I came across the game of life in Darwin’s Dangerous Idea and decided to research it a little further. Designed by John Horton Conway, the game of life is interesting because it is a universe based on two very simple rules that generates surprising organized complexity. Here’s a short video illustrating these properties:

All of this reminds me of a discussion Dominic and I had a year or so ago in another context. In that context, Dominic was objecting to my use of the term emergence. My memory of the actual discussion is a bit fuzzy now, but if I recall correctly Dominic’s concern was with those ideas of emergence that posit some sort of gap between simple rules or principles governing a system and properties of the emergent system. This sort of emergence is akin to magic, in the sense that it asserts the irreducibility of the system to its rules or principles. Emergent properties thus become something “ontologically spooky”.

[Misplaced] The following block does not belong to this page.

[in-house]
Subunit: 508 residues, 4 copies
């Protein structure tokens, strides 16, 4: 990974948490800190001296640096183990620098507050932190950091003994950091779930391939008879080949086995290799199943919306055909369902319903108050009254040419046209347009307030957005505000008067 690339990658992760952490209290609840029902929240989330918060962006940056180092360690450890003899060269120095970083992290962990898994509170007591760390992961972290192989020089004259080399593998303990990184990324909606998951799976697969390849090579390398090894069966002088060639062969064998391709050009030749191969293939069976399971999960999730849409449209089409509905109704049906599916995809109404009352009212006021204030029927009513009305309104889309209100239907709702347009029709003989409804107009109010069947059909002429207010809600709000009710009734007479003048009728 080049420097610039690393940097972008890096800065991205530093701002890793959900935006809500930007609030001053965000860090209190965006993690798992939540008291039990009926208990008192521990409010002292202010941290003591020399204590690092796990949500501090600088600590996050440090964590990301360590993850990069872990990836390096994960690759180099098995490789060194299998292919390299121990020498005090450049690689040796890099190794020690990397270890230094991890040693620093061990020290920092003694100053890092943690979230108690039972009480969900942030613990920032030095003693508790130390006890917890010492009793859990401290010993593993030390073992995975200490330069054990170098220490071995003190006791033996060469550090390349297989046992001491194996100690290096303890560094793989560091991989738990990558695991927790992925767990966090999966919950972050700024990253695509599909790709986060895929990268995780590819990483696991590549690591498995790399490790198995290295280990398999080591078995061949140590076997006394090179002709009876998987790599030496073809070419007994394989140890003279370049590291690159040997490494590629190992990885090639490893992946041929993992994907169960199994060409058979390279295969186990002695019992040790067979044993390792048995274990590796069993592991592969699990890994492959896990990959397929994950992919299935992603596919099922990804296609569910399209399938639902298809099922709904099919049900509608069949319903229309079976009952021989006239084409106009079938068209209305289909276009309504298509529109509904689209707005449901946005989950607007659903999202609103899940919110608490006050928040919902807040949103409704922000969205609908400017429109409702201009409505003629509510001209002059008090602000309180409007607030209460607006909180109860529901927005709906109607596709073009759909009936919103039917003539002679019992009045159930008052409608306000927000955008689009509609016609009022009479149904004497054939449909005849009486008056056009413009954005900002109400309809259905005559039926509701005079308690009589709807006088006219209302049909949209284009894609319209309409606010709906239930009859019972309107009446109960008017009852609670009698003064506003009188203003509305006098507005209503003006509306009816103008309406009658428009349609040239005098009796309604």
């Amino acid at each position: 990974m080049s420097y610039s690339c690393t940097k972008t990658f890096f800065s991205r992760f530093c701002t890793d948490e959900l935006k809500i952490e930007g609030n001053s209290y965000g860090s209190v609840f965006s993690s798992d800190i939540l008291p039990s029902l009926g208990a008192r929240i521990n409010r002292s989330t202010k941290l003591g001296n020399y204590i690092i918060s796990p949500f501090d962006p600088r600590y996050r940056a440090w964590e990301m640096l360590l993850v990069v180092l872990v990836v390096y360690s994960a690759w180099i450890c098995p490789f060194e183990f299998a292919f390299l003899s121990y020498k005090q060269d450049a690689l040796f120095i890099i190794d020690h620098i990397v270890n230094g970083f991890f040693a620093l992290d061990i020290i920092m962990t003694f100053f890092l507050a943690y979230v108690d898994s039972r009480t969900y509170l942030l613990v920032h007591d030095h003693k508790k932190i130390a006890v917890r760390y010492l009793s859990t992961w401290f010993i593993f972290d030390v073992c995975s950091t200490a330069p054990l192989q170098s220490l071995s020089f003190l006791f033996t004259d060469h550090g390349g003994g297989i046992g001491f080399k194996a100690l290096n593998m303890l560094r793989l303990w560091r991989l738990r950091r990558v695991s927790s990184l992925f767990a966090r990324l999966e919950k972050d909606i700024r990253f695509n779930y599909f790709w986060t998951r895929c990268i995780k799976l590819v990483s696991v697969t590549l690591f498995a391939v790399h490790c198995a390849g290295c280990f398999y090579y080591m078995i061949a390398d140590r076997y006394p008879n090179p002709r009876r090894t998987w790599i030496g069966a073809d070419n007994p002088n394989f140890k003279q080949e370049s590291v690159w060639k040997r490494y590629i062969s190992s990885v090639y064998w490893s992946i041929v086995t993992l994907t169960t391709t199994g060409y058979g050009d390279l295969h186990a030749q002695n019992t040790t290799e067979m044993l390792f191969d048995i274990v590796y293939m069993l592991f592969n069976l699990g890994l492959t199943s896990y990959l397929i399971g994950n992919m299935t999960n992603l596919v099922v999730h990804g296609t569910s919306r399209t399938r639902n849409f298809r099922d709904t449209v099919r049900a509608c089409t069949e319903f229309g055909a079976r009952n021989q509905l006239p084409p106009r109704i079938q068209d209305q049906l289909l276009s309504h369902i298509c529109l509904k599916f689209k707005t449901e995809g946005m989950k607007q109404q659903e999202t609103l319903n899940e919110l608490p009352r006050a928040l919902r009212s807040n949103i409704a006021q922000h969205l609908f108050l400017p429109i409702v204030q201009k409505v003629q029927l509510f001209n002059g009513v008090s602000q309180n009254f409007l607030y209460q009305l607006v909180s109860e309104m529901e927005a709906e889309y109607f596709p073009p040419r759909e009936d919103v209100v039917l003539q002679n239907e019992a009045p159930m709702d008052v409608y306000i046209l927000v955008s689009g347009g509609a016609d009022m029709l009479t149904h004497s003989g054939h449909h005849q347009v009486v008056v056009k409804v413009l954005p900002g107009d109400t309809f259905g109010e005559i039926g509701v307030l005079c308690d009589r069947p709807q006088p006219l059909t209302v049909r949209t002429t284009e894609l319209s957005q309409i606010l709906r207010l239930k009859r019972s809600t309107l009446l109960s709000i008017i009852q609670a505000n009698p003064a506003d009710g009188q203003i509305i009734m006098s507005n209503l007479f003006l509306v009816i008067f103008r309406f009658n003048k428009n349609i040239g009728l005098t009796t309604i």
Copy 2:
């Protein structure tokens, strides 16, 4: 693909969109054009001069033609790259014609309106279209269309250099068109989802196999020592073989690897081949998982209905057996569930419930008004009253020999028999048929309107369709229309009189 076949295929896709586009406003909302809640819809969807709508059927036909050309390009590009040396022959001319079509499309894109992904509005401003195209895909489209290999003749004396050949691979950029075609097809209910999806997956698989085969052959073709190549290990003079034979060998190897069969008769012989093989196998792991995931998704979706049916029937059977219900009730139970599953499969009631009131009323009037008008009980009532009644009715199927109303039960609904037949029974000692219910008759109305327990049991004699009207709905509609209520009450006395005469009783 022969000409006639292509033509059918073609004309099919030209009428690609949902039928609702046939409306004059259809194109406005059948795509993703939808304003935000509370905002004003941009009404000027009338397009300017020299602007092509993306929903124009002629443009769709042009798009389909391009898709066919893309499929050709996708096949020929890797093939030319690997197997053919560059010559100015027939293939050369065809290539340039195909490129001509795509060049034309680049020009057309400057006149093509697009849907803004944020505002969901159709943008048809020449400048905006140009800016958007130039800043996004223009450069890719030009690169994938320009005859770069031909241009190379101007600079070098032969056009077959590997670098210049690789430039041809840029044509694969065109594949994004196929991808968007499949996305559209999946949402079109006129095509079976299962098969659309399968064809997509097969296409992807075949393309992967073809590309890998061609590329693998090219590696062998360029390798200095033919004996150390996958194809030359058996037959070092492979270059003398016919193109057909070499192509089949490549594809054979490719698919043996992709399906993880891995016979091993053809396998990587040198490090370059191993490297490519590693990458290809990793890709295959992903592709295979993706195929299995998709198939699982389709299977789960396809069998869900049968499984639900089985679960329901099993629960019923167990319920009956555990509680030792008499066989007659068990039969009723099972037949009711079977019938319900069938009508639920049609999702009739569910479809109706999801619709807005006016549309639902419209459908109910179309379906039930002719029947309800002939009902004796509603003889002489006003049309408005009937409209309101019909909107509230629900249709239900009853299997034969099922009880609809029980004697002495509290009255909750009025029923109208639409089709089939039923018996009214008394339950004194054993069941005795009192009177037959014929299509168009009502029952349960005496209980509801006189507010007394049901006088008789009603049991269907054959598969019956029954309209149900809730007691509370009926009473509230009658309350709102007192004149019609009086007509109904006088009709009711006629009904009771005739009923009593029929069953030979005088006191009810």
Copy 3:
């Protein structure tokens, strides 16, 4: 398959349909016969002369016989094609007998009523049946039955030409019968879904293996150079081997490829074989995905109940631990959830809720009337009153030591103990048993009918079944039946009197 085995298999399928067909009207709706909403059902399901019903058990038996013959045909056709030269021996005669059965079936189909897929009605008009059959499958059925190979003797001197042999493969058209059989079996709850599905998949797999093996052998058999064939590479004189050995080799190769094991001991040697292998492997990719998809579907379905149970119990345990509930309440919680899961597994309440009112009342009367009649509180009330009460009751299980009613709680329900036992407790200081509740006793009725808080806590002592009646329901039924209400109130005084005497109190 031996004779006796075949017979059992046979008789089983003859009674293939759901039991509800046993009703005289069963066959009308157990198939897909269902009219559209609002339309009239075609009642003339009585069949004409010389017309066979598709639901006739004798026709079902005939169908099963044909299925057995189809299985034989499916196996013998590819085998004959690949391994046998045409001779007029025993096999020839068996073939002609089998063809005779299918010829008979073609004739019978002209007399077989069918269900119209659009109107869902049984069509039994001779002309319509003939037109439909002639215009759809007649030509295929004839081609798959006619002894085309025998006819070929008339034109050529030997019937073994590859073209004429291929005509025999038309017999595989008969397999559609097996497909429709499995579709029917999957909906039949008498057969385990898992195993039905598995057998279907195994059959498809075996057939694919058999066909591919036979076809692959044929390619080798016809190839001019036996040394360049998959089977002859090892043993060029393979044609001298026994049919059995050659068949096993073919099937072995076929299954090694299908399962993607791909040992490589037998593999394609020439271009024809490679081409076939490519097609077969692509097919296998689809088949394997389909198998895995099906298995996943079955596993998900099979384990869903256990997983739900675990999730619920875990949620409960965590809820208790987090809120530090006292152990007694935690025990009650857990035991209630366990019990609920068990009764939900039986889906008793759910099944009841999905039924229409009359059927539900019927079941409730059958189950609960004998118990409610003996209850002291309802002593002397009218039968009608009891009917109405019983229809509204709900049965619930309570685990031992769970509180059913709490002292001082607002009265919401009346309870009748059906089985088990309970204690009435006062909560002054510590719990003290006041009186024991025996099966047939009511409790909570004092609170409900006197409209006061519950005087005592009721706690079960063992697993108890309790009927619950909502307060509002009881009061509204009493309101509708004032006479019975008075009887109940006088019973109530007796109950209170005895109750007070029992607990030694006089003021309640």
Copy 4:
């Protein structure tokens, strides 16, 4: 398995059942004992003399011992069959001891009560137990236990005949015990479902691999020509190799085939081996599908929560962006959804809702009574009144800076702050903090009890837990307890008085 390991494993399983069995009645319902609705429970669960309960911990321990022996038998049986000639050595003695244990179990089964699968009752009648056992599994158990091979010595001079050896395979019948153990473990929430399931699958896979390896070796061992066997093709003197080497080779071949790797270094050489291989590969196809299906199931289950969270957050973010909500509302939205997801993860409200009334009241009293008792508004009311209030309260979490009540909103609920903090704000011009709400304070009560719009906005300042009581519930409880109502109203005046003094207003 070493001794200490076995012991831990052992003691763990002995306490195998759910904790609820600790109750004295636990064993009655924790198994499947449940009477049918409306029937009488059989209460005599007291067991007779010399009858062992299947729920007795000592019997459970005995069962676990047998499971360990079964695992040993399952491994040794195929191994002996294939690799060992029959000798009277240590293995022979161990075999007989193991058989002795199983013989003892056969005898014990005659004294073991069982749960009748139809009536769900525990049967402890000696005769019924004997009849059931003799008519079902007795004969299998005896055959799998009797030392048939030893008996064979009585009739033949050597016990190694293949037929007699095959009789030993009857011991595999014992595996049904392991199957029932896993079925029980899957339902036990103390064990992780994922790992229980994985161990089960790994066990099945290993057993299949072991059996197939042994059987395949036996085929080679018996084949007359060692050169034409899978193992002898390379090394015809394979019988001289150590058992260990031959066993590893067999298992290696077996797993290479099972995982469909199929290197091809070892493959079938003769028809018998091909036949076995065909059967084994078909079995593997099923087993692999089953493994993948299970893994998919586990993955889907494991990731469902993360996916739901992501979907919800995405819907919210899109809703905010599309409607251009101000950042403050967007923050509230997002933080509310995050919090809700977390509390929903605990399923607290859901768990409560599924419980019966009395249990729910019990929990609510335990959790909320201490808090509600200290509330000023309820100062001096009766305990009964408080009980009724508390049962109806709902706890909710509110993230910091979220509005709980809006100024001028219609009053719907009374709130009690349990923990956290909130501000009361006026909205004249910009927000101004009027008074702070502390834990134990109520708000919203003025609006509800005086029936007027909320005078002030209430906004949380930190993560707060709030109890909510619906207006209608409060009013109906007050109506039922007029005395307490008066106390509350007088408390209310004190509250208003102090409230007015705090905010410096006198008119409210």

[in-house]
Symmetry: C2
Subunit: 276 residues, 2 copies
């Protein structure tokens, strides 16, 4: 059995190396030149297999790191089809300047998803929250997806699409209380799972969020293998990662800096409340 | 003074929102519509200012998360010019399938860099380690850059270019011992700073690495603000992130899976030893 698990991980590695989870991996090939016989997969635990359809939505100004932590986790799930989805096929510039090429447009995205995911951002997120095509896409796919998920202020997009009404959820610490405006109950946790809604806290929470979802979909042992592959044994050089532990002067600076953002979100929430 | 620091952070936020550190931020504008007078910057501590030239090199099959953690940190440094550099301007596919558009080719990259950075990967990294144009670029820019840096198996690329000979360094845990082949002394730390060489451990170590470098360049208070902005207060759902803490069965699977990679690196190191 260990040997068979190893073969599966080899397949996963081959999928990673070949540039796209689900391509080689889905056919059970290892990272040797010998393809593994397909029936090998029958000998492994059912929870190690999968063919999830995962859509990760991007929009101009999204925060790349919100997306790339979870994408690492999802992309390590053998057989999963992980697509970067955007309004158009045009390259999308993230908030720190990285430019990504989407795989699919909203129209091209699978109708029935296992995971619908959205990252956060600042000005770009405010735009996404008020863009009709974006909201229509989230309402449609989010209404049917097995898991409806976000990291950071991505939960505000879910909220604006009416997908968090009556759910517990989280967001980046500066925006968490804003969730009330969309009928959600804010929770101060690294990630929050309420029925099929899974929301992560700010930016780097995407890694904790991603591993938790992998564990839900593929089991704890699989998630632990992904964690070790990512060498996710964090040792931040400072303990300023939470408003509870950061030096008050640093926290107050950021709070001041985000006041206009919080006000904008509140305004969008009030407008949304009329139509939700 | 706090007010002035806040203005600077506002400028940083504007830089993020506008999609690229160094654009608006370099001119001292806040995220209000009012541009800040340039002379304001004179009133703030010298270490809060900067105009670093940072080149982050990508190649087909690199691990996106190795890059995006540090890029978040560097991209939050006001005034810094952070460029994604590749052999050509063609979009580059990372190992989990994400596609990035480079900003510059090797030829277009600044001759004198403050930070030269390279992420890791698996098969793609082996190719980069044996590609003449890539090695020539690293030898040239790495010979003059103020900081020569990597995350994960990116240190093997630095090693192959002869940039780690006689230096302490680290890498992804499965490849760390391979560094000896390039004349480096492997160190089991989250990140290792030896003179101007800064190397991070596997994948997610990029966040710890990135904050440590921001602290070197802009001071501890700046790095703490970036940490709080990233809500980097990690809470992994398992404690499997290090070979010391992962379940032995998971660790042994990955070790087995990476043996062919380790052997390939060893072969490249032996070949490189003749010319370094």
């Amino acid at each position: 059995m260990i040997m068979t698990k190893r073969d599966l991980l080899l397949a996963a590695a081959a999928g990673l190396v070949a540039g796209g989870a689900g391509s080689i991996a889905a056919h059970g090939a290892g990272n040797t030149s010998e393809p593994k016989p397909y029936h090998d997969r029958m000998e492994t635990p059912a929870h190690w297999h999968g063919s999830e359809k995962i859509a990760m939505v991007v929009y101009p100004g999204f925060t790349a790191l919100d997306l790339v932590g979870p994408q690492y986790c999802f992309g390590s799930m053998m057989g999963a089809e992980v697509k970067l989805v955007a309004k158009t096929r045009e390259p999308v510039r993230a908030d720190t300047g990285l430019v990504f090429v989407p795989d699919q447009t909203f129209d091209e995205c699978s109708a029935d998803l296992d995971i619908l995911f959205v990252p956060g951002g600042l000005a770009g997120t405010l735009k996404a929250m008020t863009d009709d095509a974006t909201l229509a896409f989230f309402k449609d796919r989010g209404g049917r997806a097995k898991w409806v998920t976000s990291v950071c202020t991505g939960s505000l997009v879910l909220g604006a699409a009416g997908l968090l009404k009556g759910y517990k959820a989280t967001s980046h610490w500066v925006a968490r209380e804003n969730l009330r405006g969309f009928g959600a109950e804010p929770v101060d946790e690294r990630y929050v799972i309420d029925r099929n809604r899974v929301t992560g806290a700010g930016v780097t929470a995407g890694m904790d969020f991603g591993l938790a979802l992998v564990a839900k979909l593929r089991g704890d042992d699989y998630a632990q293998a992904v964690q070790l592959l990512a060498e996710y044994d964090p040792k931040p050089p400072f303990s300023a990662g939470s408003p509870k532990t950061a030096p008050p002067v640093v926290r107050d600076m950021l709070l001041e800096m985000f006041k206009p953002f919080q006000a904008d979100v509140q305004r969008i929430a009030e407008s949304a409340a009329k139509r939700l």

The game of life perhaps provides the possibility of a more rigorous conception of emergence. The properties that emerge within the system are all made possible based on the rules, constraints, or principles governing the system but are not strictly predictable within these constraints. As Dennett articulates this sort of emergence, “…the properties [are]… unpredictable in principle from the mere analysis of the micro-properties of the [system]” (415). There is nothing magical here, as these properties are products of the constraints underlying the system. Perhaps a clearer way of putting the issue is that the results of the system are not themselves programmed, but rather are rendered possible by the constraints on the system. This seems to be similar to what biologist Stuart Kauffman is getting at in books like The Origins of Order: Self-Organization and Selection in Evolution. What he draws attention to are certain physical constraints in matter that give rise to persistent organization under specific conditions. It is unfortunate that he’s chosen to dress up this thesis in the trappings of a sort of spiritualism in books like At Home in the Universe. Ah well, no accounting for taste.

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